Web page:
Competition in any market is crucial to maintaining its viability, transparency, and expanding opportunities. Such competition consists of various manufacturers, producers, enterprises, and firms vying and contending with each other for accessibility and engagement with consumers to sell their goods and services.
In a healthy competitive market, there is encouragement of efficiency, innovation, and consumer choice. It consists of numerous buyers and sellers, with minimal barriers to entry or exit in the market. This forces businesses to constantly enhance their offerings to attract and retain consumers. As a result, consumers reap the benefits of lower costs, high-quality products, and a broader selection.
Competition Law in India
To prevent the creation of monopolies in the economic system, the Monopolies and Restrictive Trade Practices Act, 1969 (MRTP) was enacted. The act was based on the principles enshrined in the Directive Principles of State Policy which acts as instruments of instruction for the State to prevent the concentration of wealth and minimise economic inequalities. Articles of the Constitution such as Article 39 (3), “The State shall, in particular, direct its policy towards securing—that the operation of the economic system does not result in the concentration of wealth and means of production to the common detriment,” serve such socio-economic purpose. With the liberalization of the economy, a need was felt to enact a law that would focus on promoting competition in the market rather than primarily working to prevent the creation of monopolies in the economic system. Consequently, the MRTP Act was repealed and replaced by the Competition Act (CA) enacted in 2002.
Advantages and Disadvantages of the Current Framework
The Competition Act offers a broader definition of “combination,” a more transparent and efficient procedure for resolving disagreements, greater powers to the Competition Commission of India (CCI), provisions for acts outside India impacting competition within India, clarity on penalty proceeds, a separate chapter on the commission’s advisory jurisdiction, a more lenient punishment approach centred on fines instead of imprisonment, and higher fines for offences.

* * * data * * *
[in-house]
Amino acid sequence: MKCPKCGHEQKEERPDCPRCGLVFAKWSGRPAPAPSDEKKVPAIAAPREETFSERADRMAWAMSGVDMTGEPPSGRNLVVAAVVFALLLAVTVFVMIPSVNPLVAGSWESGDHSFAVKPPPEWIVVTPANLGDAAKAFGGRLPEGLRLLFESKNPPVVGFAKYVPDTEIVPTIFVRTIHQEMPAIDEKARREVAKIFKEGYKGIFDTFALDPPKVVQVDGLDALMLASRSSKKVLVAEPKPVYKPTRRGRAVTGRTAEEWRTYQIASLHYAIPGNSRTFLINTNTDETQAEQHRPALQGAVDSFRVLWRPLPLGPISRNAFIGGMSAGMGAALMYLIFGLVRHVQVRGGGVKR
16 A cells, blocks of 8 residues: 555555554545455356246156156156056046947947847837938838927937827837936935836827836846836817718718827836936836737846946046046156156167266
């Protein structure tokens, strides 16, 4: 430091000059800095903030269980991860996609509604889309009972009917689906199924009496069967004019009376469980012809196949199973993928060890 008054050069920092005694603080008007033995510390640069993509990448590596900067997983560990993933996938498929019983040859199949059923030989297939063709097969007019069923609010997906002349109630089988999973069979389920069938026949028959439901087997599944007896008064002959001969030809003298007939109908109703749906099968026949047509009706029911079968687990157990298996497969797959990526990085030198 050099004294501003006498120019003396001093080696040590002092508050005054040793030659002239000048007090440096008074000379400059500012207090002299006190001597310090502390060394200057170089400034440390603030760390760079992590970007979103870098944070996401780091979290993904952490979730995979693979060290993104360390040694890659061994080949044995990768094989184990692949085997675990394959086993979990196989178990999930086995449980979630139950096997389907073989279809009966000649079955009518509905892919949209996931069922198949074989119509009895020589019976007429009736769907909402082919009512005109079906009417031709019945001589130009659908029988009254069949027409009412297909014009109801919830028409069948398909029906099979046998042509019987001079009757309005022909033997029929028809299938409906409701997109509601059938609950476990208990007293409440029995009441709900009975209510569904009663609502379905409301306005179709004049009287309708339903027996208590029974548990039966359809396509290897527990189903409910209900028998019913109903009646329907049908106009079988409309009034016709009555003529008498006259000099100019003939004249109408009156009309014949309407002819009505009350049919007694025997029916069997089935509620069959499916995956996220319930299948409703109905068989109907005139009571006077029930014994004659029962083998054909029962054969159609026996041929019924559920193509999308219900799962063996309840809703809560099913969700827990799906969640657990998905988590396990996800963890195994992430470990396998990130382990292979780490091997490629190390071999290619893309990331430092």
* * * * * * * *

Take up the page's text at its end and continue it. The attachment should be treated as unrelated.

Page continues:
The act effectively promotes competition and safeguards consumers in India. However, certain issues continue to haunt the legal framework which the Competition Act does not effectively address. The act has a limited scope when it comes to the areas dominated by big tech. It has not been able to keep up with the fast-paced change in the digital market. Only in 2023, a proposed amendment about the deal value threshold was brought in, when a lot of such mergers such as WhatsApp and Facebook had already taken place. The rise of big technology companies that act as both intermediary platforms as well as providers of services and goods in several markets like Google, Amazon, Apple, Microsoft, and Facebook, has increased the concerns about potential harm to the competition in the market brought in by the concentrated of power in the digital economy.
53rd report of the Parliamentary Standing Committee on Finance
Regulations in Competition law can be “ex-ante” (after the event) or “ex-post” (before the event). An example of “ex-post” regulation is punishing past antitrust violations while “ex-ante” regulation can be price control, which restricts companies’ pricing freedom.
Competition authorities across borders have started to prefer the ex-ante approach in the regulation of the market. This shift stems from concerns about the ineffectiveness of traditional competition tools, which rely on price and consumer welfare metrics, in addressing emerging competition issues in the digital economy. The tools have not been so successful due to the unique characteristics of digital markets, including their multisided nature, zero-price services, network effects, economies of scale and scope, and the crucial role of data access and monetization. Additionally, defining relevant markets and determining dominance in digital markets poses significant challenges. Standard economic analysis methods and traditional competition tools, such as market share and the small but significant and non-transitory increase in price test, have proven inadequate in cases involving digital platforms.